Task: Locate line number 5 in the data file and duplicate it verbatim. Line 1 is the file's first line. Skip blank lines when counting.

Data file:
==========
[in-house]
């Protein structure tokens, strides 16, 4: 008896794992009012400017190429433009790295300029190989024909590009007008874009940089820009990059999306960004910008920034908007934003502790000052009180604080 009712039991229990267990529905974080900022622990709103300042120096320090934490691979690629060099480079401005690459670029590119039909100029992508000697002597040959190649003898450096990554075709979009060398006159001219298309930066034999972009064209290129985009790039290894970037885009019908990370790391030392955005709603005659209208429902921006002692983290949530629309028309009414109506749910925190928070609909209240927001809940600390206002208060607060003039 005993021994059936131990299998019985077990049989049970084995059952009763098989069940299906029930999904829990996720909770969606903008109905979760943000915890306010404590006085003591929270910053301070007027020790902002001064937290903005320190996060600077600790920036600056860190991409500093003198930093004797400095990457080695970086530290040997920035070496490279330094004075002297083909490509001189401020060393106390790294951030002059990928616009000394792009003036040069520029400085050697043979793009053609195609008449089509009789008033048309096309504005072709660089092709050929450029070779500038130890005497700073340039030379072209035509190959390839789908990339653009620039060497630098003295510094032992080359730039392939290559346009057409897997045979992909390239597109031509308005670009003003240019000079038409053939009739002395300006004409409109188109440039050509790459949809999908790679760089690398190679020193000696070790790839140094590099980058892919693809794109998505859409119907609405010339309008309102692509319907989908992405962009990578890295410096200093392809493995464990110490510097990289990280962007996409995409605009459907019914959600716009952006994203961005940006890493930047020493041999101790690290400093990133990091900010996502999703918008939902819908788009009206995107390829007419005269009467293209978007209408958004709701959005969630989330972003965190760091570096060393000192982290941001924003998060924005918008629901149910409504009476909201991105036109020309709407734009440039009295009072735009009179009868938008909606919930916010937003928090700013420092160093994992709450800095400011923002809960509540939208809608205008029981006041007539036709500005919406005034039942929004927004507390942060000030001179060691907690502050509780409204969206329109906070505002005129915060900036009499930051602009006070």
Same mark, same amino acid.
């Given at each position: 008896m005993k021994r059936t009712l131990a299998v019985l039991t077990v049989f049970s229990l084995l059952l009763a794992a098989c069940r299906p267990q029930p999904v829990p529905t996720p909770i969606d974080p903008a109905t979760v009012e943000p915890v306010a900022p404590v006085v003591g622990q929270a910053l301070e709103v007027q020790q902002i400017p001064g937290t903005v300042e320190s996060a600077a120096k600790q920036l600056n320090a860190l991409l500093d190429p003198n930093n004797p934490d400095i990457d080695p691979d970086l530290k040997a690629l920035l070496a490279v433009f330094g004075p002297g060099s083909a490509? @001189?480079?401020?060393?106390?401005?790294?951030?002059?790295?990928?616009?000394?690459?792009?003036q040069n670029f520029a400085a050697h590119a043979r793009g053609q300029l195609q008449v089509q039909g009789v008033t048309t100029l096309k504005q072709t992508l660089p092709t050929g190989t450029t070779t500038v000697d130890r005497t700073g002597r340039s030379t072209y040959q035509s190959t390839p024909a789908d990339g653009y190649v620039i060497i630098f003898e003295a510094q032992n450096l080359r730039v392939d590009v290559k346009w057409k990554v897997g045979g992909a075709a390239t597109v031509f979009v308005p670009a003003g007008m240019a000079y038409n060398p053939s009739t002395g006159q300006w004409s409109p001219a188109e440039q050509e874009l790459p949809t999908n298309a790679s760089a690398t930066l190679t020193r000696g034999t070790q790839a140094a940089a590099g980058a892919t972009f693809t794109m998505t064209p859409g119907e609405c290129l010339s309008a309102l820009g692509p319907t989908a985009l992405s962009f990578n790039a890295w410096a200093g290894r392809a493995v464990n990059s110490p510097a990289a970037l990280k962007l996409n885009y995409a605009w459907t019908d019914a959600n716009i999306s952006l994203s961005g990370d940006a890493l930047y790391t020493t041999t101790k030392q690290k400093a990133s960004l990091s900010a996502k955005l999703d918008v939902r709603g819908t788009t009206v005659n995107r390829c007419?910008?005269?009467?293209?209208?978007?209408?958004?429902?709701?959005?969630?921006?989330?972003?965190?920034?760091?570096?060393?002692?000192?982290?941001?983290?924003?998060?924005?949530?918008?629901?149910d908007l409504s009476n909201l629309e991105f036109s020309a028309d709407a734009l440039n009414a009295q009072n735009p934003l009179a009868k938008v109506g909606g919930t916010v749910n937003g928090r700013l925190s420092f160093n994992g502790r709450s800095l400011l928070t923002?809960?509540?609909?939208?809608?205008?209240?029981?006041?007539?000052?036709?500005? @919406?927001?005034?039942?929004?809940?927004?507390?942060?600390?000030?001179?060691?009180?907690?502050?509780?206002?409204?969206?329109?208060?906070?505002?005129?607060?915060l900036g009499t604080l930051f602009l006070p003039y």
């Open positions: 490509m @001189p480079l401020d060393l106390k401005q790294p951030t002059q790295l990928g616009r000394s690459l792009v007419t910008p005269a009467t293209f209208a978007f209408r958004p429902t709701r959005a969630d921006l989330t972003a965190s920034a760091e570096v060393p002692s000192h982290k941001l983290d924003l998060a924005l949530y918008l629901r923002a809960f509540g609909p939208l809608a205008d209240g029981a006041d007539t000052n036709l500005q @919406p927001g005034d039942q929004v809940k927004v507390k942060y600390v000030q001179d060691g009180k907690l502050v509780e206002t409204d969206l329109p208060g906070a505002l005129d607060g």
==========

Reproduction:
């Open positions: 490509m @001189p480079l401020d060393l106390k401005q790294p951030t002059q790295l990928g616009r000394s690459l792009v007419t910008p005269a009467t293209f209208a978007f209408r958004p429902t709701r959005a969630d921006l989330t972003a965190s920034a760091e570096v060393p002692s000192h982290k941001l983290d924003l998060a924005l949530y918008l629901r923002a809960f509540g609909p939208l809608a205008d209240g029981a006041d007539t000052n036709l500005q @919406p927001g005034d039942q929004v809940k927004v507390k942060y600390v000030q001179d060691g009180k907690l502050v509780e206002t409204d969206l329109p208060g906070a505002l005129d607060g």